It’s also cost the taxpayers at least 88x (we have 88 counties) more than a single unified system would- and caused costs to rise, confusion to be the norm and to provide cover and excuses for the rich and powerful to prey upon the good hard-working citizens of the State.

As an example today, a court had issued summary judgement to a questionably credible collections firm on a student loan debt. There had never been a hearing of the evidence, nor was the collections firm made to prove that they actually had rights to the debt which had somehow inflated from $25K to $76K without any proof.

Their argument was that although the defendant had responded to their filings, the defendant didn’t have proof of service to the debt collector. There was also a question as to if a notary public had signed off in Jan or Jun, because the courts were still dependent on the ridiculous concept of an “Official witness and seal” somehow creates a document of some legal value. Hot wax and embossed seals might have been OK for the French Revolution, but the information age has much more effective tools like blockchain and HTTPS protocols.

In a modern, online clerk of courts system, the whole process of filing briefs, and responses would be in a digital format, a text file, with markup, that would include date and time stamps as well as live links to verified case summaries/support materials. All court filings would not only be online, but be transparently available and reviewable by all- including those who are vision impaired. By filing, parties would automatically be notified via secure email, RSS, and or, text alerts. There is no reason for “Certified mail” or “return reciepts” in a digital world. There also will never be any confusion between Jan and Jun.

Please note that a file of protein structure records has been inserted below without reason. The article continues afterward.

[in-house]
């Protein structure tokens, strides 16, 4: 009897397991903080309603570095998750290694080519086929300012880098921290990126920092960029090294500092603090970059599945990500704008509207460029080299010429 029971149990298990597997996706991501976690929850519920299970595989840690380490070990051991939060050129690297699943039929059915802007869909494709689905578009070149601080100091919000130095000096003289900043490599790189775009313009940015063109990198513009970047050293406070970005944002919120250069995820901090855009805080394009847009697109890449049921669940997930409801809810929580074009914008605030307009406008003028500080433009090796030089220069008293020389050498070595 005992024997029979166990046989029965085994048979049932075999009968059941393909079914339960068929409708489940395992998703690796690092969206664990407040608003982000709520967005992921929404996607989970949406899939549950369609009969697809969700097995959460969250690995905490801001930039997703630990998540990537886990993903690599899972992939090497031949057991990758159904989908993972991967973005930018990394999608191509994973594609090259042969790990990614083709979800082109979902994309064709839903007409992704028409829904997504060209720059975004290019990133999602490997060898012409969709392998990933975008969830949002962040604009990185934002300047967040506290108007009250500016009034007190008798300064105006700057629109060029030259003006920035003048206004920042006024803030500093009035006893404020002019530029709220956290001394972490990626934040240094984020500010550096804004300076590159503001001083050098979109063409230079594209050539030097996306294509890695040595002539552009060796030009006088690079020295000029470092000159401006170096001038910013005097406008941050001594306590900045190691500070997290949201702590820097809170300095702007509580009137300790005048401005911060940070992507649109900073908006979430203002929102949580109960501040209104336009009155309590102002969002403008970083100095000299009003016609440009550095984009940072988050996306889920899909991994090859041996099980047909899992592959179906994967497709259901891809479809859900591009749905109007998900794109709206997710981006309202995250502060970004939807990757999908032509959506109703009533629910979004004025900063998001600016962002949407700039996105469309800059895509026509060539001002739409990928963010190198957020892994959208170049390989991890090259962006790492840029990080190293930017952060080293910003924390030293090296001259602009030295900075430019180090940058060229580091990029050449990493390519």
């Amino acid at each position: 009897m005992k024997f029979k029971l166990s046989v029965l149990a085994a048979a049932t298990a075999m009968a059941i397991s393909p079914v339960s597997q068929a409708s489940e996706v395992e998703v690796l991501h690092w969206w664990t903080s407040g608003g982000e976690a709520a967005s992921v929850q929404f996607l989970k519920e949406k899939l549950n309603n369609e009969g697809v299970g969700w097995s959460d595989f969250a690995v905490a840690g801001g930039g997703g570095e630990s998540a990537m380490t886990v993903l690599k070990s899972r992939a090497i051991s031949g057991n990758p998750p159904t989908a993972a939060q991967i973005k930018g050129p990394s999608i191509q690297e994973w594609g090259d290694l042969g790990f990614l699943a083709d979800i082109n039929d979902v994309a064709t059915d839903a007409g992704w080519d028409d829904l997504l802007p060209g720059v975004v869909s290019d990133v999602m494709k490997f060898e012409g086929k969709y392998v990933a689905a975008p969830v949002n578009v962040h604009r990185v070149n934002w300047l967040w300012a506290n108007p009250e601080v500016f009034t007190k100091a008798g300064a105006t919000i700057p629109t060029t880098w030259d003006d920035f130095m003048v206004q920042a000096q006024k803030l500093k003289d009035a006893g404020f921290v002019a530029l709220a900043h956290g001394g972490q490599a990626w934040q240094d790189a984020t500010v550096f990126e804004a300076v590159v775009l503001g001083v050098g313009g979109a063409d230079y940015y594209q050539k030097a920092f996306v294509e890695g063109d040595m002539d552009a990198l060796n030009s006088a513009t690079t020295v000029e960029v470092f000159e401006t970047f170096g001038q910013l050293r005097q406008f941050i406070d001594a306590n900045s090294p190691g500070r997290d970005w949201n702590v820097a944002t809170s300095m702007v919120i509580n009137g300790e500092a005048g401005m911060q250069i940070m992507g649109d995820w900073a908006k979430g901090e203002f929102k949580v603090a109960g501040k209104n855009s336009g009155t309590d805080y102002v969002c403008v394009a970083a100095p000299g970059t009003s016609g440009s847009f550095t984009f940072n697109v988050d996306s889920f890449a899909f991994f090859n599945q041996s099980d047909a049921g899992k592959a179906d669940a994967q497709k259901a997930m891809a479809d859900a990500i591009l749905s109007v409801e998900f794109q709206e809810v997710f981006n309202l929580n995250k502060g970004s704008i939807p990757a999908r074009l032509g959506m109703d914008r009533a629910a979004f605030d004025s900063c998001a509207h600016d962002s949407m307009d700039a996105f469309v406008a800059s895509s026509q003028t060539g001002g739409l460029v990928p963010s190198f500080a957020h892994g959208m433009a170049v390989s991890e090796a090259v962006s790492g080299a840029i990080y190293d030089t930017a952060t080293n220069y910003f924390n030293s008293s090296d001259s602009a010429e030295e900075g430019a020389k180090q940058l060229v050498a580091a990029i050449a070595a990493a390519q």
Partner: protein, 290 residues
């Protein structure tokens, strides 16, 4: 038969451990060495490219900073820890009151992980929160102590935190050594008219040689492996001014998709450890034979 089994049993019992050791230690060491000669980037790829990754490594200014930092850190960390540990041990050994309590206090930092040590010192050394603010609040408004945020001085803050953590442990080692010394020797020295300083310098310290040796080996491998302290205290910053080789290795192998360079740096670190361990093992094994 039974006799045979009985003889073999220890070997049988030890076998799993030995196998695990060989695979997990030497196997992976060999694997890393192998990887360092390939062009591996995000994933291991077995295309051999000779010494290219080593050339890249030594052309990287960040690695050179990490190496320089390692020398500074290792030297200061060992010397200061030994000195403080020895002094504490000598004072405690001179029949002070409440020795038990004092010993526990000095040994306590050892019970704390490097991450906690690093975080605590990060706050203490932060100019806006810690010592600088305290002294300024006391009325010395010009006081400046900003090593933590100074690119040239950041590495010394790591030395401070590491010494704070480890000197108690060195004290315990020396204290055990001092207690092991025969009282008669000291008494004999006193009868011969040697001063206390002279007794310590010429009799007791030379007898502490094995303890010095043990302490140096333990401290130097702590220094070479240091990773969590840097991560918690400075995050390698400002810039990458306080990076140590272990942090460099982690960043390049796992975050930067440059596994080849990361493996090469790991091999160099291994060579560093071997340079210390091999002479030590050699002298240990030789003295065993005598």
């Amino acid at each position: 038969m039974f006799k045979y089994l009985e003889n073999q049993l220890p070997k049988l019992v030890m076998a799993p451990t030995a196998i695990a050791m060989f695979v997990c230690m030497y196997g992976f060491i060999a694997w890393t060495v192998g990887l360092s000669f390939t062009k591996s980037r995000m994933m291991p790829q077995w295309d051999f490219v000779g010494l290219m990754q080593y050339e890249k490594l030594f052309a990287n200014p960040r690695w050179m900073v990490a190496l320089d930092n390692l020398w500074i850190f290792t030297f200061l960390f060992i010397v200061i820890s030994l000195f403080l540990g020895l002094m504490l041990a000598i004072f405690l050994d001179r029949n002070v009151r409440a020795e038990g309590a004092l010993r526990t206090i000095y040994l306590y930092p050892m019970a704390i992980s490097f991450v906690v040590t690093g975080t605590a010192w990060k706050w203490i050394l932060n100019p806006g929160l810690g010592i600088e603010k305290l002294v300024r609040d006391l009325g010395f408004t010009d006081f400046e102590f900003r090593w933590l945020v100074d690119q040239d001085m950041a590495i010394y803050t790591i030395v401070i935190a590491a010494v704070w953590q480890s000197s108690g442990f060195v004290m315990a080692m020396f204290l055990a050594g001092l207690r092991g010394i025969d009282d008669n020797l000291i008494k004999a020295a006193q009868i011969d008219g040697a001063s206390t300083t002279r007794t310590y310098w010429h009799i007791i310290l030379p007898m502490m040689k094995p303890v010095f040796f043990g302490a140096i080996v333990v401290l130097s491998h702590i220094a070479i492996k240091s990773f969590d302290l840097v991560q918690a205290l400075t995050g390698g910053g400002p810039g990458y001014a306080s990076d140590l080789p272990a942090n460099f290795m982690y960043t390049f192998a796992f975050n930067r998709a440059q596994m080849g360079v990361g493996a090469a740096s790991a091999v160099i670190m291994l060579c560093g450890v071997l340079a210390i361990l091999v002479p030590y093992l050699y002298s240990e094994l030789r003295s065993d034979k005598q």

Furthermore, if taxpayers are indeed tasked with voting for and choosing judges for the bench as they are in Ohio, it should be easy to find and review judges dockets, review decisions and even watch court proceedings on YouTube. This is how it’s done when the courts are brought into the 21st century. An advantage of properly filming all court cases, is that instead of having to rely on court transcription services, video can provide transcripts that are almost as accurate as transcription services- and at a much more affordable cost to those representing themselves (pro se). If you read this NY Times article on the dangers of speaking “ghetto” in court transcripts “Speaking Black Dialect in Courtrooms Can Have Striking Consequences” you would see how this system can be disastrous for some segments of our society.

Currently, the only appeals court putting video of their oral arguments online in Ohio is the 9th district court, however, they need a lesson in video production technology, as you can’t hear the judges questions or discern which judge is asking what question.

Ideally, each case would have links to the complete docket, complete with outcomes along with the video, all in a searchable format.

That’s the beginning of a modern, transparent and effective legal resource for the citizens of Ohio.